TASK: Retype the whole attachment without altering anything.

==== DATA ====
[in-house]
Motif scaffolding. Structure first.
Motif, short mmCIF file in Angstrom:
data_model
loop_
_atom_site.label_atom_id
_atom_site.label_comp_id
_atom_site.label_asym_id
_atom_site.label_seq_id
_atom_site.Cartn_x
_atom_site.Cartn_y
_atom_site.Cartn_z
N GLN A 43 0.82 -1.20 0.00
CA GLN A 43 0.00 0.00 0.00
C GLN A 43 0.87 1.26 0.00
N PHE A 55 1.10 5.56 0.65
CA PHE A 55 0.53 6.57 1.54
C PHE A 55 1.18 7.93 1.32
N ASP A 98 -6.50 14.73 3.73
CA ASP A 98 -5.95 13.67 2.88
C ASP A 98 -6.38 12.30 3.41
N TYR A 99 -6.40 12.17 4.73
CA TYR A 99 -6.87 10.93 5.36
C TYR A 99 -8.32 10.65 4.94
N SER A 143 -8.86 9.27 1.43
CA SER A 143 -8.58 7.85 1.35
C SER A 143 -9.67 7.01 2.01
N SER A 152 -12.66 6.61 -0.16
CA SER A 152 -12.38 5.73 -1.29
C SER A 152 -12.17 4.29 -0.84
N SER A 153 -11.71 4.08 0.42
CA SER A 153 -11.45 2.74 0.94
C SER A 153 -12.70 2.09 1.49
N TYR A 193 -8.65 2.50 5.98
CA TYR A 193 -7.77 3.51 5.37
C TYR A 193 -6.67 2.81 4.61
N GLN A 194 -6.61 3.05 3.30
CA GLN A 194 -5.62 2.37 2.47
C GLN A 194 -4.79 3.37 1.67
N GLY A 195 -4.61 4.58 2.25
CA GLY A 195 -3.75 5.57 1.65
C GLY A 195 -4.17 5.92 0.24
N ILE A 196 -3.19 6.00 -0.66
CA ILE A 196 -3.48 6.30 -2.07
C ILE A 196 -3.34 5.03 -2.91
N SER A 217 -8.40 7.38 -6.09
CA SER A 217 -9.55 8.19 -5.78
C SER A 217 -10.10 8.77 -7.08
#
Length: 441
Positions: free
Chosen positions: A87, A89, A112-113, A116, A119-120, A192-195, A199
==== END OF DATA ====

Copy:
[in-house]
Motif scaffolding. Structure first.
Motif, short mmCIF file in Angstrom:
data_model
loop_
_atom_site.label_atom_id
_atom_site.label_comp_id
_atom_site.label_asym_id
_atom_site.label_seq_id
_atom_site.Cartn_x
_atom_site.Cartn_y
_atom_site.Cartn_z
N GLN A 43 0.82 -1.20 0.00
CA GLN A 43 0.00 0.00 0.00
C GLN A 43 0.87 1.26 0.00
N PHE A 55 1.10 5.56 0.65
CA PHE A 55 0.53 6.57 1.54
C PHE A 55 1.18 7.93 1.32
N ASP A 98 -6.50 14.73 3.73
CA ASP A 98 -5.95 13.67 2.88
C ASP A 98 -6.38 12.30 3.41
N TYR A 99 -6.40 12.17 4.73
CA TYR A 99 -6.87 10.93 5.36
C TYR A 99 -8.32 10.65 4.94
N SER A 143 -8.86 9.27 1.43
CA SER A 143 -8.58 7.85 1.35
C SER A 143 -9.67 7.01 2.01
N SER A 152 -12.66 6.61 -0.16
CA SER A 152 -12.38 5.73 -1.29
C SER A 152 -12.17 4.29 -0.84
N SER A 153 -11.71 4.08 0.42
CA SER A 153 -11.45 2.74 0.94
C SER A 153 -12.70 2.09 1.49
N TYR A 193 -8.65 2.50 5.98
CA TYR A 193 -7.77 3.51 5.37
C TYR A 193 -6.67 2.81 4.61
N GLN A 194 -6.61 3.05 3.30
CA GLN A 194 -5.62 2.37 2.47
C GLN A 194 -4.79 3.37 1.67
N GLY A 195 -4.61 4.58 2.25
CA GLY A 195 -3.75 5.57 1.65
C GLY A 195 -4.17 5.92 0.24
N ILE A 196 -3.19 6.00 -0.66
CA ILE A 196 -3.48 6.30 -2.07
C ILE A 196 -3.34 5.03 -2.91
N SER A 217 -8.40 7.38 -6.09
CA SER A 217 -9.55 8.19 -5.78
C SER A 217 -10.10 8.77 -7.08
#
Length: 441
Positions: free
Chosen positions: A87, A89, A112-113, A116, A119-120, A192-195, A199